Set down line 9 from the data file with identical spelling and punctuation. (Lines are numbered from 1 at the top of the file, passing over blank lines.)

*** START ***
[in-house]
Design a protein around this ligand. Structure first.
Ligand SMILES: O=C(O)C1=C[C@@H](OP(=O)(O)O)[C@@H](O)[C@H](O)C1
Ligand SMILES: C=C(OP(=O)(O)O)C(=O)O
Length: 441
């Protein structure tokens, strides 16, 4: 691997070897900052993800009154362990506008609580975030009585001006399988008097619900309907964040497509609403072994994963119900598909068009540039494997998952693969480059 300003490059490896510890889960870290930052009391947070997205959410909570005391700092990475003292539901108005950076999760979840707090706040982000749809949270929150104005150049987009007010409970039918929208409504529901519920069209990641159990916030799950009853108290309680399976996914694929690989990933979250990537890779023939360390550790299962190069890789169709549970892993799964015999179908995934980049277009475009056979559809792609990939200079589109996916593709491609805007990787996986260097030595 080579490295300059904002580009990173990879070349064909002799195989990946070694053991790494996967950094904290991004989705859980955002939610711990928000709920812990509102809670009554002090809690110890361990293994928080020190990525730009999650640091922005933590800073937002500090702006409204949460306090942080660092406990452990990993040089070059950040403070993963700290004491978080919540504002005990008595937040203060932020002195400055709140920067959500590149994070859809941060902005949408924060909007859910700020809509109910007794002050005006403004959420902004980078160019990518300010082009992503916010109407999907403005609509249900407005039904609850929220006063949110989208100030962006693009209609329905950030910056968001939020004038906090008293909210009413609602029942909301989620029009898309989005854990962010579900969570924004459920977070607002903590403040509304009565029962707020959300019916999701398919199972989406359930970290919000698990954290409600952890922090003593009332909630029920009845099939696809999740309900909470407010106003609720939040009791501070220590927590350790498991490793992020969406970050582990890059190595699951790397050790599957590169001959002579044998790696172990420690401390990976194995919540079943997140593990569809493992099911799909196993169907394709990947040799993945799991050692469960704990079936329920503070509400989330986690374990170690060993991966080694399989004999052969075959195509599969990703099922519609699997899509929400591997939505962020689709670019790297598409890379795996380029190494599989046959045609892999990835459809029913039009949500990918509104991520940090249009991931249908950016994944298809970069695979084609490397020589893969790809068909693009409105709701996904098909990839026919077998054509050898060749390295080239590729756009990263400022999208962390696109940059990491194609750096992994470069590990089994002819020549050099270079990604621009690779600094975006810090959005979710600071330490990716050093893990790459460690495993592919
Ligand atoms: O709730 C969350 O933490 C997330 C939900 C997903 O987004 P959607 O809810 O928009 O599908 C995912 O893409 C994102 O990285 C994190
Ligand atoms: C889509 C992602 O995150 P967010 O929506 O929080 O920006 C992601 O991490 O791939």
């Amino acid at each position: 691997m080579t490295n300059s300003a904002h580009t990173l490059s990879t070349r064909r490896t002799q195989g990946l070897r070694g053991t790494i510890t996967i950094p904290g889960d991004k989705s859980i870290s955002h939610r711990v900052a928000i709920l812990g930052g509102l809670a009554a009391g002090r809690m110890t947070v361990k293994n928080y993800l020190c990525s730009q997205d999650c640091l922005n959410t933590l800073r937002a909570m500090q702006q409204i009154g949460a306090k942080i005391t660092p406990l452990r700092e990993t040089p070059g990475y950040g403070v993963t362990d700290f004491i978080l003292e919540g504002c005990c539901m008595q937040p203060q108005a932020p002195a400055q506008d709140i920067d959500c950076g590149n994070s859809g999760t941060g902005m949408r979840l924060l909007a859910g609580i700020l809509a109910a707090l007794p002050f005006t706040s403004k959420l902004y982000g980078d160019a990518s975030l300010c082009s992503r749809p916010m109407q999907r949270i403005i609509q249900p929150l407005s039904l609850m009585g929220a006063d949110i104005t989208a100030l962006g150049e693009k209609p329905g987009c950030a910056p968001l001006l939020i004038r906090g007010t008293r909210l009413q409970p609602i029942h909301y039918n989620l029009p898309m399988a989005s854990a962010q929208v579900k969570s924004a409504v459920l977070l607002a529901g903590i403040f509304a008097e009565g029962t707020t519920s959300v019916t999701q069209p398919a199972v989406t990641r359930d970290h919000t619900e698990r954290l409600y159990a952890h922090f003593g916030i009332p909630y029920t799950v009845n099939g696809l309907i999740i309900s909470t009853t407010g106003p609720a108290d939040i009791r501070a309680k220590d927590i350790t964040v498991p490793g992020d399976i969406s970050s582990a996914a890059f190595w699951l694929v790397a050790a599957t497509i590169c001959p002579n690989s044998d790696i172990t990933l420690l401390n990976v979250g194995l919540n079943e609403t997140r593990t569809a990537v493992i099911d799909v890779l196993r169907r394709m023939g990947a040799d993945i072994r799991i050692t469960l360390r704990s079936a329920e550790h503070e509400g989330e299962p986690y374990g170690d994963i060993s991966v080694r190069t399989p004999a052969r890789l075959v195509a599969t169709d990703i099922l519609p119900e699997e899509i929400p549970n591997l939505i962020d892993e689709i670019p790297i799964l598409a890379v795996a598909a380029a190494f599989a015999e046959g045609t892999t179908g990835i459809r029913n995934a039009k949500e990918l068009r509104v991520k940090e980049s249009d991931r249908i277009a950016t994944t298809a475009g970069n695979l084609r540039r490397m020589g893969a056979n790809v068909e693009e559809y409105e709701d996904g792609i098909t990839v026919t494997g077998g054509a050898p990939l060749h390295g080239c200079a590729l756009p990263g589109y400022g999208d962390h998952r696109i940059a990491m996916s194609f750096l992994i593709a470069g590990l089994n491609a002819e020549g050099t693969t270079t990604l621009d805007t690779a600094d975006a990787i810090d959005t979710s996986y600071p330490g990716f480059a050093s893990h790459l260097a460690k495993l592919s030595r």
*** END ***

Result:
């Amino acid at each position: 691997m080579t490295n300059s300003a904002h580009t990173l490059s990879t070349r064909r490896t002799q195989g990946l070897r070694g053991t790494i510890t996967i950094p904290g889960d991004k989705s859980i870290s955002h939610r711990v900052a928000i709920l812990g930052g509102l809670a009554a009391g002090r809690m110890t947070v361990k293994n928080y993800l020190c990525s730009q997205d999650c640091l922005n959410t933590l800073r937002a909570m500090q702006q409204i009154g949460a306090k942080i005391t660092p406990l452990r700092e990993t040089p070059g990475y950040g403070v993963t362990d700290f004491i978080l003292e919540g504002c005990c539901m008595q937040p203060q108005a932020p002195a400055q506008d709140i920067d959500c950076g590149n994070s859809g999760t941060g902005m949408r979840l924060l909007a859910g609580i700020l809509a109910a707090l007794p002050f005006t706040s403004k959420l902004y982000g980078d160019a990518s975030l300010c082009s992503r749809p916010m109407q999907r949270i403005i609509q249900p929150l407005s039904l609850m009585g929220a006063d949110i104005t989208a100030l962006g150049e693009k209609p329905g987009c950030a910056p968001l001006l939020i004038r906090g007010t008293r909210l009413q409970p609602i029942h909301y039918n989620l029009p898309m399988a989005s854990a962010q929208v579900k969570s924004a409504v459920l977070l607002a529901g903590i403040f509304a008097e009565g029962t707020t519920s959300v019916t999701q069209p398919a199972v989406t990641r359930d970290h919000t619900e698990r954290l409600y159990a952890h922090f003593g916030i009332p909630y029920t799950v009845n099939g696809l309907i999740i309900s909470t009853t407010g106003p609720a108290d939040i009791r501070a309680k220590d927590i350790t964040v498991p490793g992020d399976i969406s970050s582990a996914a890059f190595w699951l694929v790397a050790a599957t497509i590169c001959p002579n690989s044998d790696i172990t990933l420690l401390n990976v979250g194995l919540n079943e609403t997140r593990t569809a990537v493992i099911d799909v890779l196993r169907r394709m023939g990947a040799d993945i072994r799991i050692t469960l360390r704990s079936a329920e550790h503070e509400g989330e299962p986690y374990g170690d994963i060993s991966v080694r190069t399989p004999a052969r890789l075959v195509a599969t169709d990703i099922l519609p119900e699997e899509i929400p549970n591997l939505i962020d892993e689709i670019p790297i799964l598409a890379v795996a598909a380029a190494f599989a015999e046959g045609t892999t179908g990835i459809r029913n995934a039009k949500e990918l068009r509104v991520k940090e980049s249009d991931r249908i277009a950016t994944t298809a475009g970069n695979l084609r540039r490397m020589g893969a056979n790809v068909e693009e559809y409105e709701d996904g792609i098909t990839v026919t494997g077998g054509a050898p990939l060749h390295g080239c200079a590729l756009p990263g589109y400022g999208d962390h998952r696109i940059a990491m996916s194609f750096l992994i593709a470069g590990l089994n491609a002819e020549g050099t693969t270079t990604l621009d805007t690779a600094d975006a990787i810090d959005t979710s996986y600071p330490g990716f480059a050093s893990h790459l260097a460690k495993l592919s030595r």